Revisiting the Cam Barker Trade


Our very own SpaethCo brought up a topic on Twitter today:

Ok guys, remind me again why Leddy for Barker was a good trade.

Being that it is July 26th, and we have a little more than 70 days until the NHL starts up again, I figure rather than hash it out on Twitter in 140 characters at a time, we'll hash it out here. I'll provide my take, and look forward to getting insight from the huddled masses, desperate to talk hockey.

Ready? Go.

The Chicago Blackhawks needed to make a trade more so than the Wild needed to make a trade. What the Hawks wanted was expiring contracts to help them deal with their colossal salary cap issues. However, what the Wild wanted in return was worth more than simple cap relief.

Cam Barker, as you all should know by now, was the third overall selection behind Alexander Ovechkin and Evgeni Malkin. That is impressive, and holds some clout, even if the numbers have yet to arrive. Remember, it takes time for a defenseman to become dominant in the NHL. Even more rare than forwards who can play on the top line are d-men like Tyler Myers.


Cam Barker

#45 / Defenseman / Minnesota Wild

6-3

215

Apr 04, 1986


 

One thing you should truly be looking at is how long it took Duncan Keith to unseat Nik Lidstrom for the Norris. Keith was drafted in 2002. Took him eight years to develop into the player he is today. I am not trying to tell you that Barker is going to win the Norris in two years, but rather making two points. One, it takes an amazing amount of time to develop a top pairing d-man. Two, Barker was buried on a third pairing in Chicago behind Keith, Campbell, Hjalmarsson, and Sopel.

Barker had 13 minutes of TOI per game in Chicago last season, sixth on the team for regularly playing defenseman. He has a solid two minutes of PP TOI /G, and was given a total of 1:42 of PK TOI for the entire season. Compare this to 22:01 in TOI /G, 2:32 of PP TOI/ G, and 37:35 in PK TOI in just 19 games with the Wild. Clearly, the Wild are going to give him his chance to shine.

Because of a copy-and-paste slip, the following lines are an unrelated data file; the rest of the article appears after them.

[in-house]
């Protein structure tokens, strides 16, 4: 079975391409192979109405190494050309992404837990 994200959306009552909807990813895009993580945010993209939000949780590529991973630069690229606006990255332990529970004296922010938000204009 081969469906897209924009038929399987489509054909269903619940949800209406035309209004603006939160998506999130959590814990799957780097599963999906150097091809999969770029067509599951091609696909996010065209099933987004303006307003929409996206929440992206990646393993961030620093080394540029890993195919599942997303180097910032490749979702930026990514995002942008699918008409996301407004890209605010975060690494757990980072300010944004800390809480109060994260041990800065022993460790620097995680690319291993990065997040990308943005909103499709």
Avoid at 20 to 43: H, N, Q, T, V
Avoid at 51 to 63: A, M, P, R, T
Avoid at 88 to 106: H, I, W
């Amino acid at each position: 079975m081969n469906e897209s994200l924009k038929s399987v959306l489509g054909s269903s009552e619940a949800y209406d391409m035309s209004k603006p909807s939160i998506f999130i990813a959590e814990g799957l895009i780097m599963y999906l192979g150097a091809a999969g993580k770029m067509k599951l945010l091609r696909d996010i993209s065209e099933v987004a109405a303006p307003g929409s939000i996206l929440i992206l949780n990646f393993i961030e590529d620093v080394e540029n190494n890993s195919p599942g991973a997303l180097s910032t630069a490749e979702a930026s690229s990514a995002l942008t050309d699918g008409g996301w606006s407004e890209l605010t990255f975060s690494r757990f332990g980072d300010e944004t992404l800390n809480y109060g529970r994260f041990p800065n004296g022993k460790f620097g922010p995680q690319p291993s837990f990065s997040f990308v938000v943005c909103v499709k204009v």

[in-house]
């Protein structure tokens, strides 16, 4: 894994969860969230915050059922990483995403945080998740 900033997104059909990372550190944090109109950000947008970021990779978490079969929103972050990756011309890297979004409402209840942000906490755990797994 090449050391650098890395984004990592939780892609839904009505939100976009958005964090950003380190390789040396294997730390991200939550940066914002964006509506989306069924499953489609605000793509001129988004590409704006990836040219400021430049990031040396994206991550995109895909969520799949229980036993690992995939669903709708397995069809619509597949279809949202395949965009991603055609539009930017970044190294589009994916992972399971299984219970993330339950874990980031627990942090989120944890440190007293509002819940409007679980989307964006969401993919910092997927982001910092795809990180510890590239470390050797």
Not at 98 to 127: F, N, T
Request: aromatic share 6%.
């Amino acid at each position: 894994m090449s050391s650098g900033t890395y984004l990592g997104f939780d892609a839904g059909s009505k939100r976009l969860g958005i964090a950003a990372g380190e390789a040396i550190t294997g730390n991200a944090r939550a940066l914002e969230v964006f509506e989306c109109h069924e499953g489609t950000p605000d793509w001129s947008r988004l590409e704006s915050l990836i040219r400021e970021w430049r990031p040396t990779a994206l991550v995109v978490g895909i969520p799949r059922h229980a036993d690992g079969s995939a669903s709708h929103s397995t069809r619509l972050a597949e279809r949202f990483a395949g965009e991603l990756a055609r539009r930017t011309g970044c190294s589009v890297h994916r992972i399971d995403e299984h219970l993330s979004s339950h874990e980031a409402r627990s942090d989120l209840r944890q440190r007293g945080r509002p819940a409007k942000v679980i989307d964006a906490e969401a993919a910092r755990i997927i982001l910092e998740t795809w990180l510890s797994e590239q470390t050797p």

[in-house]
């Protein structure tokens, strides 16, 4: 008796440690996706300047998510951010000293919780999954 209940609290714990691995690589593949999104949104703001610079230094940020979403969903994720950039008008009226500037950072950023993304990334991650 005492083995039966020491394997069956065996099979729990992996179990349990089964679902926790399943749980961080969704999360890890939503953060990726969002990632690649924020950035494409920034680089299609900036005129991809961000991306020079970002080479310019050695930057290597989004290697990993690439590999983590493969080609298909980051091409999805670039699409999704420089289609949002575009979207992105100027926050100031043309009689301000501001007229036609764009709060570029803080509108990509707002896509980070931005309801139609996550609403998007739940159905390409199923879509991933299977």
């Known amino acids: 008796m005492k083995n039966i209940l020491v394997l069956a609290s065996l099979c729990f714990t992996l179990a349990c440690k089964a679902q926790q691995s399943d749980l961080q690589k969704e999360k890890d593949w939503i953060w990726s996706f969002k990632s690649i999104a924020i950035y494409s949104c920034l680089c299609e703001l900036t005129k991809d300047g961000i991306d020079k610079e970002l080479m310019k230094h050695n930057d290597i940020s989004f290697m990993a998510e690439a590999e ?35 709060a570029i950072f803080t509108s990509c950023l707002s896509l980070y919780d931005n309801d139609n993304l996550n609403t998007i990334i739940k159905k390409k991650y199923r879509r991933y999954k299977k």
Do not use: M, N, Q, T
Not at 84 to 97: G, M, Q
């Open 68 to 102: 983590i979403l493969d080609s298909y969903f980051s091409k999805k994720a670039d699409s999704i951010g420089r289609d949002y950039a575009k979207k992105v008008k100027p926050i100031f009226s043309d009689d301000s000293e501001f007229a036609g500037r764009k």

Kim Johnsson

#8 / Defenseman / Chicago Blackhawks

6-1

193

Mar 16, 1976


 

Now, look at what he cost the Wild. Kim Johnsson and Nick Leddy. Johnsson is arguably one of the best puck-movers in the league, and this is a cost the Wild could ill-afford to pay. However, Johnsson was in the last year of his contract and had given no indication of wanting to re-sign with the Wild (at least that is what has been reported). Johnsson was (and is) in the twilight of his career. At 34 years old, Johnsson has few years left, and with his reported major concussion issues, may not have even a single year left.

Nick Leddy, while a top prospect, is a prospect. No one knows if the kid is going to turn out to be anything. We can watch him play with the Gophers and "ooo and awe" over his play, and then we can look at what Tommy Thompson said, that the Wild were worried about his development with the U. Fletcher denies the Wild had any issues, and Thompson is no favorite of anyone around Hockey Wilderness, but it still is out there.

Johnsson was not a huge loss, as much as it seems he was. The Wild were not going to make the playoffs, Johnsson was not coming back, so why keep him around? Would you rather have had another second round pick, which Chicago was unlikely to give up, or would you rather have Cam Barker? If you looking at the numbers, Cam Barker would be an amazing find in the second round.